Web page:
‘Hi there chap, I’m your new mum’ How the pygmy elephant who broke hearts when its mother was poisoned is having fun again


Review: 5 Tissues! Grab the tissue box and get ready for a real tear jerker…this little pygmy elephant stole my heart! Don’t forget to send little Joe lots of love energy, he’s still not out of the woods…

  • Keeper Augustin David is providing 24 hour care for the pygmy elephant
  • Joe’s mother was one of 14 elephants to die of mysterious poisoning

By Paul Harris

5 February 2013

Even to a baby elephant, he surely can’t look much like mother.

But to a young orphan called Joe, this 29-year-old nature reserve keeper has become the next best thing.

The three-month-old pygmy elephant was pictured last week nuzzling his lifeless mother in a desperate attempt to revive her.

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Joe the baby pygmy elephant

Joe the baby pygmy elephant

Joe was visibly distressed as he nuzzled his lifeless mother in a desperate attempt to revive her
Why won’t you wake up, mummy? Joe was visibly distressed as he nuzzled his lifeless mother in a desperate attempt to revive her

His distress was so visible it moved wildlife officials to tears.

The mother had become the latest victim of a mysterious spate of poisoning in the tropical rainforest of Malaysia, one of 14 now known to have died.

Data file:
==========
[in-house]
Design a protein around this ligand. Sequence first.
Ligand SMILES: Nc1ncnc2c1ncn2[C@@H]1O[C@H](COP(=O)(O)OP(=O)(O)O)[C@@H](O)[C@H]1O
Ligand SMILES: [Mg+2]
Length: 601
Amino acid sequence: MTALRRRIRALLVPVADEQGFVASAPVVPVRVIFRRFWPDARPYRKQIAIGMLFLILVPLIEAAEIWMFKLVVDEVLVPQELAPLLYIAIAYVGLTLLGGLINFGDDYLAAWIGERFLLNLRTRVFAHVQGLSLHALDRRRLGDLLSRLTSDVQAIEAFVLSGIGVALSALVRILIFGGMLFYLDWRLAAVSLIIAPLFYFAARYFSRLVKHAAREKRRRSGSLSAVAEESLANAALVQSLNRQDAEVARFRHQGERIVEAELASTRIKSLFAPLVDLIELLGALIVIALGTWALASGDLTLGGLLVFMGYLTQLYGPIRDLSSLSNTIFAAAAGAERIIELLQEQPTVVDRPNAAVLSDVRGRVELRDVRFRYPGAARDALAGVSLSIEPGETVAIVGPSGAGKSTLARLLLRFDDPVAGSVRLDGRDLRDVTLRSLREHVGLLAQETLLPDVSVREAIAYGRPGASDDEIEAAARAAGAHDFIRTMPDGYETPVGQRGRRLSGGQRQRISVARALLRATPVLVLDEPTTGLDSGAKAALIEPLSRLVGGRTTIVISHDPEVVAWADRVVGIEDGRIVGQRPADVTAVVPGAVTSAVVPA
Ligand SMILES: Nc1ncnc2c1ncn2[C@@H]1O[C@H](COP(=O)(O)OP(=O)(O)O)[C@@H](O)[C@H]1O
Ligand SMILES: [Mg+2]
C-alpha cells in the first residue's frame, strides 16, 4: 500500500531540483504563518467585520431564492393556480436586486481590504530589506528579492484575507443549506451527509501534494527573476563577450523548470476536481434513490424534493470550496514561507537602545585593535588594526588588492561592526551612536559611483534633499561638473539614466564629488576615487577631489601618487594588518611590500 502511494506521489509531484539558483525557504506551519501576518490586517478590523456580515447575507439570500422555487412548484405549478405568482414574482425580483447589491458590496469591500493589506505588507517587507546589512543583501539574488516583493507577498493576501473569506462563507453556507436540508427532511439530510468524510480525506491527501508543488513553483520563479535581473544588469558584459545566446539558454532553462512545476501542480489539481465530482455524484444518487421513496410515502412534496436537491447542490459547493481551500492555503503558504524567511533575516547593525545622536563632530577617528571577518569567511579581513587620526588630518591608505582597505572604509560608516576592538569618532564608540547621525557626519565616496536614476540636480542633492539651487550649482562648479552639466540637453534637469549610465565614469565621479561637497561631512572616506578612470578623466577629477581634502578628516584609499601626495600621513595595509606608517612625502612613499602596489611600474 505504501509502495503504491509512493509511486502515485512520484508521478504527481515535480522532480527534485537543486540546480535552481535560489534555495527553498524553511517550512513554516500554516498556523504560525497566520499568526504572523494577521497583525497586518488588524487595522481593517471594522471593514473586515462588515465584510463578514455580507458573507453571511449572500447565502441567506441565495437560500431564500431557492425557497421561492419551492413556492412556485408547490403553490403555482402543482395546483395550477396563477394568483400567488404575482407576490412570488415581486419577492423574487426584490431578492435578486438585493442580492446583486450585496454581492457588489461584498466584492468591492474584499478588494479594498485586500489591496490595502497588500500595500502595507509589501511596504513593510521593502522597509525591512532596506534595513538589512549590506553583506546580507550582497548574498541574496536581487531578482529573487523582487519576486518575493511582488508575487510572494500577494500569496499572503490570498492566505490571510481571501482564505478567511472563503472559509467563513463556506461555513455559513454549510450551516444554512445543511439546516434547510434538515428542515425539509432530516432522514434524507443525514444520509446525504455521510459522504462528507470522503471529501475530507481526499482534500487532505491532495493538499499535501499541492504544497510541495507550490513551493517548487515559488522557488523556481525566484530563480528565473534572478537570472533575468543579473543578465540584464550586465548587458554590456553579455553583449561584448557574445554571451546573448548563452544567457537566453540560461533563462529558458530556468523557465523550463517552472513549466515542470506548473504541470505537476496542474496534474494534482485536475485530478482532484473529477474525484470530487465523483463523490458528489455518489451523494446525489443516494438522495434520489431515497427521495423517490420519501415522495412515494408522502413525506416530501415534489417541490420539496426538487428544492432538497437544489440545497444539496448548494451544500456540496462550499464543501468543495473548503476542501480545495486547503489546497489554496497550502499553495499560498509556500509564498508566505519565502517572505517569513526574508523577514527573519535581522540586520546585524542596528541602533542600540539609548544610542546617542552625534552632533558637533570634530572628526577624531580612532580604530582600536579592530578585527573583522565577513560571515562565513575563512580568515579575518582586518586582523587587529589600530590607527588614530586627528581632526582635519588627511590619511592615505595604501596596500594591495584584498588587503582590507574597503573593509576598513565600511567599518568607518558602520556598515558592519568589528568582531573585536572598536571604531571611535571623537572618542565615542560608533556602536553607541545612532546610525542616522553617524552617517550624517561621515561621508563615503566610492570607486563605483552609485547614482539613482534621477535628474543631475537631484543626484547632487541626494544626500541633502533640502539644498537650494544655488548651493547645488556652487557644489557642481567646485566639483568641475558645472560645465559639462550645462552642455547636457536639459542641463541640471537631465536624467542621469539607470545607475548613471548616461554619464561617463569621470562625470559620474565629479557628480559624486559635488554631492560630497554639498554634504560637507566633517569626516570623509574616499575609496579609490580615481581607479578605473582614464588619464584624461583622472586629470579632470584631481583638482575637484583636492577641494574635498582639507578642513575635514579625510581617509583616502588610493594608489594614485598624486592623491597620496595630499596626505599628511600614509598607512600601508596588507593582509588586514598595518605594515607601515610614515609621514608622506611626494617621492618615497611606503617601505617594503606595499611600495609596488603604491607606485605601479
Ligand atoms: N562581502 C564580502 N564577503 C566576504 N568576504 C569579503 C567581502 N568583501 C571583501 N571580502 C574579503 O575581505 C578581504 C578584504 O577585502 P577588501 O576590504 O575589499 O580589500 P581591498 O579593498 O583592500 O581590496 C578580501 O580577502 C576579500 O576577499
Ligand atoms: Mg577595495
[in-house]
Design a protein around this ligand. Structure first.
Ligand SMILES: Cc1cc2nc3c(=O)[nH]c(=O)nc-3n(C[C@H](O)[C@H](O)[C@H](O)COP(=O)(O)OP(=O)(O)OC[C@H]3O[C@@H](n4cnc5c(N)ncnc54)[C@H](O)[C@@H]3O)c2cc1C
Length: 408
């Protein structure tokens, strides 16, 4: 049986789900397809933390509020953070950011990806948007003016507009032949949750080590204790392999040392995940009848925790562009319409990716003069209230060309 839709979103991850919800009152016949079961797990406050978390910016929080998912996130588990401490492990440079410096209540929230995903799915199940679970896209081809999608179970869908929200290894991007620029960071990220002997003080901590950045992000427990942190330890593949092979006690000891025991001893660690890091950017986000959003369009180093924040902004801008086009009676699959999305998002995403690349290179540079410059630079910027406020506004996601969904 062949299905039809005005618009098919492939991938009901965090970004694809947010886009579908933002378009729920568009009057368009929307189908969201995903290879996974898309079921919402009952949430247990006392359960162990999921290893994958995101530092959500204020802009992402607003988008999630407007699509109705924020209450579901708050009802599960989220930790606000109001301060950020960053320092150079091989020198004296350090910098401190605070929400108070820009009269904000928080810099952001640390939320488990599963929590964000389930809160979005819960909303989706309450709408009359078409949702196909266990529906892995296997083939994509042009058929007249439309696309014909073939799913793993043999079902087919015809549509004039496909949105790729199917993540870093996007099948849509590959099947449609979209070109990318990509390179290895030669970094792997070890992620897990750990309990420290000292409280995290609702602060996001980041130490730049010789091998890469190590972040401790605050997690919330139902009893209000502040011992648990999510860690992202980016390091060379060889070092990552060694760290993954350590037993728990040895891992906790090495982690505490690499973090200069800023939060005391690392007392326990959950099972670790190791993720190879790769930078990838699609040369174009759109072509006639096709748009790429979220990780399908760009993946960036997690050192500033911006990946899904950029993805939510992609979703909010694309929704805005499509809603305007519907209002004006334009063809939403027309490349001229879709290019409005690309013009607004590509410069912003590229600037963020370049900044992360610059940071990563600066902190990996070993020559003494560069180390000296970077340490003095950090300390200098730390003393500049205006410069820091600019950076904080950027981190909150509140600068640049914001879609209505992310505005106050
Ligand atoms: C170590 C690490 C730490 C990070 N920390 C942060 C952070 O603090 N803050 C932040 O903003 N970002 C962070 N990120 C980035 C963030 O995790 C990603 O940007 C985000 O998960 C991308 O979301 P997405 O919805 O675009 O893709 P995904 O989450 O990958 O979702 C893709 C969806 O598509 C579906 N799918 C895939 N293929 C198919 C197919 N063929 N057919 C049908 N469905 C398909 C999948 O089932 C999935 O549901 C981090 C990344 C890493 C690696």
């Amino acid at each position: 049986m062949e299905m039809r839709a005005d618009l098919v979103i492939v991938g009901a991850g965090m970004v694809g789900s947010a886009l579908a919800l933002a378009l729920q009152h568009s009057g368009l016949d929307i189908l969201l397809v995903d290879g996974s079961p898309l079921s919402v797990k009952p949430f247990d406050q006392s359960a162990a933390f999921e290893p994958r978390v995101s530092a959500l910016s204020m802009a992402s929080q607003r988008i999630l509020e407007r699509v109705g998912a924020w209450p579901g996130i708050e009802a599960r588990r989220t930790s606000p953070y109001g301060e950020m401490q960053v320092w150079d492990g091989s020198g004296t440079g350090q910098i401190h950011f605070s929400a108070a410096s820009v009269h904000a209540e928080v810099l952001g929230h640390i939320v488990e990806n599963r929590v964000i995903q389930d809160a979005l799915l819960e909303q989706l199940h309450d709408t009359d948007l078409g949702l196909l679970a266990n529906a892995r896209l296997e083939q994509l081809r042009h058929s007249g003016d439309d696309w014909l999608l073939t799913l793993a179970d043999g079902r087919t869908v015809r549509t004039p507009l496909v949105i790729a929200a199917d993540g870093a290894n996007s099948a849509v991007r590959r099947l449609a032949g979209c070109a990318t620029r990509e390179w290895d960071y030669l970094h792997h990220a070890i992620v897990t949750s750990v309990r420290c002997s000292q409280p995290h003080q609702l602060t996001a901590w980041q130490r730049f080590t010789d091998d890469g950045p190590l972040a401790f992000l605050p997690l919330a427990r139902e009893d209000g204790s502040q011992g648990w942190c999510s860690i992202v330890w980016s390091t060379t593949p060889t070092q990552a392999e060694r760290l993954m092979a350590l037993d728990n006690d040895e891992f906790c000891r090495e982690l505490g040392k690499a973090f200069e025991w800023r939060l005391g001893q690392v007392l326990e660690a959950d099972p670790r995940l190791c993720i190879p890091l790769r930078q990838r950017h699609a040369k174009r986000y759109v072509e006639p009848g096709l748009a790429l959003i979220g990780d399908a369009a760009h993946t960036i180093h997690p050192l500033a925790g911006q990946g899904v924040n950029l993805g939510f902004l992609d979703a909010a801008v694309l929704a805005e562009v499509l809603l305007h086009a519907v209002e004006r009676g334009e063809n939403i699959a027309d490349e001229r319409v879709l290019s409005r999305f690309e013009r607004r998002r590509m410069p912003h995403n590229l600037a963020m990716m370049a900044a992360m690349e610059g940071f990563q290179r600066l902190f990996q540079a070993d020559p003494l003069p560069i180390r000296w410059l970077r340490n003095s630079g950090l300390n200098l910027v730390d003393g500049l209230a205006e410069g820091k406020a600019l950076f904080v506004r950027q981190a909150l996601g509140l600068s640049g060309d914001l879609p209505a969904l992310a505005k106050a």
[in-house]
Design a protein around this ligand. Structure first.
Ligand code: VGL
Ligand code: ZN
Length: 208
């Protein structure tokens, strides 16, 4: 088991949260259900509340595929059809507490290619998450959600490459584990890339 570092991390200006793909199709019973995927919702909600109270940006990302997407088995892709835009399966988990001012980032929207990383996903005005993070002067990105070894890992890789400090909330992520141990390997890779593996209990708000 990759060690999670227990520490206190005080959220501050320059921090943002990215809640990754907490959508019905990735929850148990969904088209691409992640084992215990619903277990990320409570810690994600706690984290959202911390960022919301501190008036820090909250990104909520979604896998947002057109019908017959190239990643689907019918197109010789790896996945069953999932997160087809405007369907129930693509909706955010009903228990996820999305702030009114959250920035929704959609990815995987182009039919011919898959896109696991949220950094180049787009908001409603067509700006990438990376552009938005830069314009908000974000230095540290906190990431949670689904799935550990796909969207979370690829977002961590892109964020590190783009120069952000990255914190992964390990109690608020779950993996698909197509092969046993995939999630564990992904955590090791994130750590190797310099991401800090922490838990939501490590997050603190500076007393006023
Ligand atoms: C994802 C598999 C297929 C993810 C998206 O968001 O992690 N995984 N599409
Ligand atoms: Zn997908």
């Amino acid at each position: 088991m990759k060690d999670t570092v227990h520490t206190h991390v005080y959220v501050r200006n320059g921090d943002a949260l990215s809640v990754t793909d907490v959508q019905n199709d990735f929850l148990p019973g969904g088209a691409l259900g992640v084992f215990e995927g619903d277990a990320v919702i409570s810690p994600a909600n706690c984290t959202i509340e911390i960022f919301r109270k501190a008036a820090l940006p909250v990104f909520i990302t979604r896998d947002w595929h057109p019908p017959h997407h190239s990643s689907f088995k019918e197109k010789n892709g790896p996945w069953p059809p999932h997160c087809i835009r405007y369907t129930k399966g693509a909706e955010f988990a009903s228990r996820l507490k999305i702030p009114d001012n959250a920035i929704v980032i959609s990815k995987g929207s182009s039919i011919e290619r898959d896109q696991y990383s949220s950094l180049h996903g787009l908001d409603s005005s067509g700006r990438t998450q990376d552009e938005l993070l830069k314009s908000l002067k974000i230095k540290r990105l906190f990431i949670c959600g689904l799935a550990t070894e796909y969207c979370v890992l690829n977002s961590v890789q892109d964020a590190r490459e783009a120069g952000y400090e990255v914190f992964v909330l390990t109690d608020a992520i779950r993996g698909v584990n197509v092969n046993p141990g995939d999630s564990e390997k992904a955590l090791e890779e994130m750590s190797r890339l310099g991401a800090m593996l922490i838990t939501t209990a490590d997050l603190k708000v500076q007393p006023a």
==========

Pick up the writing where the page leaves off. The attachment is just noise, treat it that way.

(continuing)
Had Joe not been rescued he would almost certainly have stayed at his mother’s side until he starved to death. Frightened, thirsty and confused, he had lost weight and might have ingested poison through his mother’s milk.

Despite 24-hour care in the nature reserve now looking after him, experts feared Joe could still die of a broken heart.

Little Joe and his keeper indulge in a bit of horseplay now that they have formed a remarkable bond Getting to know you: Little Joe and his keeper indulge in a bit of horseplay now that they have formed a remarkable bond

Joe's new keeper Augustin seems to be enjoying it, but the elephant isn't so keen. Augustin said of the elephant that he 'has clear likes and dislikes'
Bath time: Joe’s new keeper Augustin seems to be enjoying it, but the elephant isn’t so keen. Augustin said of the elephant that he ‘has clear likes and dislikes’